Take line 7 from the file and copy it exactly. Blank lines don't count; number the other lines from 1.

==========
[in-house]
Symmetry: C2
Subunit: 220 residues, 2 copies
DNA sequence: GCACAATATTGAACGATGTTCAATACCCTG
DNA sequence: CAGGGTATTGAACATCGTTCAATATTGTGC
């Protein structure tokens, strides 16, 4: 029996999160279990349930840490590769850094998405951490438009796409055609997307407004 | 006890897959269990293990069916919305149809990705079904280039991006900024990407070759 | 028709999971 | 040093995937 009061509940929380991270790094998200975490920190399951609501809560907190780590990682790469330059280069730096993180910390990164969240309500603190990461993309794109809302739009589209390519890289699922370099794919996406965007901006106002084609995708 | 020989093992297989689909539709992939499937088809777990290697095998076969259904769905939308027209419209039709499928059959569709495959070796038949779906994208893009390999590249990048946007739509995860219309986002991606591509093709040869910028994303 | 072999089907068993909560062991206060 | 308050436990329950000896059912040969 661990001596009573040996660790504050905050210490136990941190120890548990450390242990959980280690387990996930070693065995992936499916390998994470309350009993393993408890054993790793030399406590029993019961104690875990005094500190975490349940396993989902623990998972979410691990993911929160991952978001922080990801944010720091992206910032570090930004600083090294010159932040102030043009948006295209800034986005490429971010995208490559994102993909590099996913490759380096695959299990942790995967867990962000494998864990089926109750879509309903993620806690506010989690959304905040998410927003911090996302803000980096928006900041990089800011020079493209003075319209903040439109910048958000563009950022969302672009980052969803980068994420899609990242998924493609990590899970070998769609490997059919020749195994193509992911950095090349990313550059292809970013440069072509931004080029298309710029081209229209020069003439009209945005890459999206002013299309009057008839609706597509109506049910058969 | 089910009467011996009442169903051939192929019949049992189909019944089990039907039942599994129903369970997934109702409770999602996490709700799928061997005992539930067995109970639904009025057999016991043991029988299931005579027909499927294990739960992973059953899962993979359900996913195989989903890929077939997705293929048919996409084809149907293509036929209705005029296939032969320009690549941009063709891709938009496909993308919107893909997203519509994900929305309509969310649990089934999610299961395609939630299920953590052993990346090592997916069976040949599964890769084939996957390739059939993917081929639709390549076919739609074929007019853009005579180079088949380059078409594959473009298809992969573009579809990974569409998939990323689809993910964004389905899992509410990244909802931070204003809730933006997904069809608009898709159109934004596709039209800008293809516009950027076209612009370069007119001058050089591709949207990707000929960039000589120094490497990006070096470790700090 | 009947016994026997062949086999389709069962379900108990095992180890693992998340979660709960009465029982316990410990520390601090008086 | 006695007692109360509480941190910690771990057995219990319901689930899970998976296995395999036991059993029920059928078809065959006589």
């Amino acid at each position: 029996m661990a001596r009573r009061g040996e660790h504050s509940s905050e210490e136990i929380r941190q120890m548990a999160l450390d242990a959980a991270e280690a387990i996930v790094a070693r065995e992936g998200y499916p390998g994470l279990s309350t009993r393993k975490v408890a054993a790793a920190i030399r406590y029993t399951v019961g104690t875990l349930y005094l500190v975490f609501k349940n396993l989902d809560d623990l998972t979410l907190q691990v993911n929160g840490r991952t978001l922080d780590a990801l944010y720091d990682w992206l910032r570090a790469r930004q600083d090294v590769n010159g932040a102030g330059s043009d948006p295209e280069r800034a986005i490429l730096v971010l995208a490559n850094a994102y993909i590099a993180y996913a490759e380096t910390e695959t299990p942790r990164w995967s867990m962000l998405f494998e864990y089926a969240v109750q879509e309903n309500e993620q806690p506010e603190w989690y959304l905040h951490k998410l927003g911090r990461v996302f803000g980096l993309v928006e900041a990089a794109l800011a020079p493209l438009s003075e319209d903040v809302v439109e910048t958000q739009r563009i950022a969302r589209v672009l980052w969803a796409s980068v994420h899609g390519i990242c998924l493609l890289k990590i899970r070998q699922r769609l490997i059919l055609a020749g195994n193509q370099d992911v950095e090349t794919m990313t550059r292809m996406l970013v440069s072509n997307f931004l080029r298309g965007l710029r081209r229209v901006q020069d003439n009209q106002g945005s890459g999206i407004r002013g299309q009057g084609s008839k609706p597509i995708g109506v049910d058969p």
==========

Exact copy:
């Amino acid at each position: 029996m661990a001596r009573r009061g040996e660790h504050s509940s905050e210490e136990i929380r941190q120890m548990a999160l450390d242990a959980a991270e280690a387990i996930v790094a070693r065995e992936g998200y499916p390998g994470l279990s309350t009993r393993k975490v408890a054993a790793a920190i030399r406590y029993t399951v019961g104690t875990l349930y005094l500190v975490f609501k349940n396993l989902d809560d623990l998972t979410l907190q691990v993911n929160g840490r991952t978001l922080d780590a990801l944010y720091d990682w992206l910032r570090a790469r930004q600083d090294v590769n010159g932040a102030g330059s043009d948006p295209e280069r800034a986005i490429l730096v971010l995208a490559n850094a994102y993909i590099a993180y996913a490759e380096t910390e695959t299990p942790r990164w995967s867990m962000l998405f494998e864990y089926a969240v109750q879509e309903n309500e993620q806690p506010e603190w989690y959304l905040h951490k998410l927003g911090r990461v996302f803000g980096l993309v928006e900041a990089a794109l800011a020079p493209l438009s003075e319209d903040v809302v439109e910048t958000q739009r563009i950022a969302r589209v672009l980052w969803a796409s980068v994420h899609g390519i990242c998924l493609l890289k990590i899970r070998q699922r769609l490997i059919l055609a020749g195994n193509q370099d992911v950095e090349t794919m990313t550059r292809m996406l970013v440069s072509n997307f931004l080029r298309g965007l710029r081209r229209v901006q020069d003439n009209q106002g945005s890459g999206i407004r002013g299309q009057g084609s008839k609706p597509i995708g109506v049910d058969p």